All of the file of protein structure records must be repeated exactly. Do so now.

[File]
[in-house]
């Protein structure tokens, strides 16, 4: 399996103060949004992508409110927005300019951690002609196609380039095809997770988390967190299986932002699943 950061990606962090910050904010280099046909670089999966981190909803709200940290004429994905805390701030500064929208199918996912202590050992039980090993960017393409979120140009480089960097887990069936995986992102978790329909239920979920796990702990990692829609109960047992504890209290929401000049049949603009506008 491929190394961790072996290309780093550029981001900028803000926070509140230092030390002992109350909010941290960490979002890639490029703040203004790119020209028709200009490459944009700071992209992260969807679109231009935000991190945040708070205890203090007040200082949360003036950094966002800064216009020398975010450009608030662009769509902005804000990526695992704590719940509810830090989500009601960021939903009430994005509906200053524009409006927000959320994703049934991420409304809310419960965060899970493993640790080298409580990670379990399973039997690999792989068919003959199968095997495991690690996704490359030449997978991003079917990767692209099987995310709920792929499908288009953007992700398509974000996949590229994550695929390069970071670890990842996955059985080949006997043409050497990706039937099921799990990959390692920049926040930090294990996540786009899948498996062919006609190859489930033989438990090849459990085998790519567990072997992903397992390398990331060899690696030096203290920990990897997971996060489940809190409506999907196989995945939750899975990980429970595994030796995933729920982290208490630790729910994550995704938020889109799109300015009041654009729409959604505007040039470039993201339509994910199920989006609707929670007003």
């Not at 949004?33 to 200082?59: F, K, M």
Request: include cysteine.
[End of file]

[in-house]
């Protein structure tokens, strides 16, 4: 399996103060949004992508409110927005300019951690002609196609380039095809997770988390967190299986932002699943 950061990606962090910050904010280099046909670089999966981190909803709200940290004429994905805390701030500064929208199918996912202590050992039980090993960017393409979120140009480089960097887990069936995986992102978790329909239920979920796990702990990692829609109960047992504890209290929401000049049949603009506008 491929190394961790072996290309780093550029981001900028803000926070509140230092030390002992109350909010941290960490979002890639490029703040203004790119020209028709200009490459944009700071992209992260969807679109231009935000991190945040708070205890203090007040200082949360003036950094966002800064216009020398975010450009608030662009769509902005804000990526695992704590719940509810830090989500009601960021939903009430994005509906200053524009409006927000959320994703049934991420409304809310419960965060899970493993640790080298409580990670379990399973039997690999792989068919003959199968095997495991690690996704490359030449997978991003079917990767692209099987995310709920792929499908288009953007992700398509974000996949590229994550695929390069970071670890990842996955059985080949006997043409050497990706039937099921799990990959390692920049926040930090294990996540786009899948498996062919006609190859489930033989438990090849459990085998790519567990072997992903397992390398990331060899690696030096203290920990990897997971996060489940809190409506999907196989995945939750899975990980429970595994030796995933729920982290208490630790729910994550995704938020889109799109300015009041654009729409959604505007040039470039993201339509994910199920989006609707929670007003």
């Not at 949004?33 to 200082?59: F, K, M």
Request: include cysteine.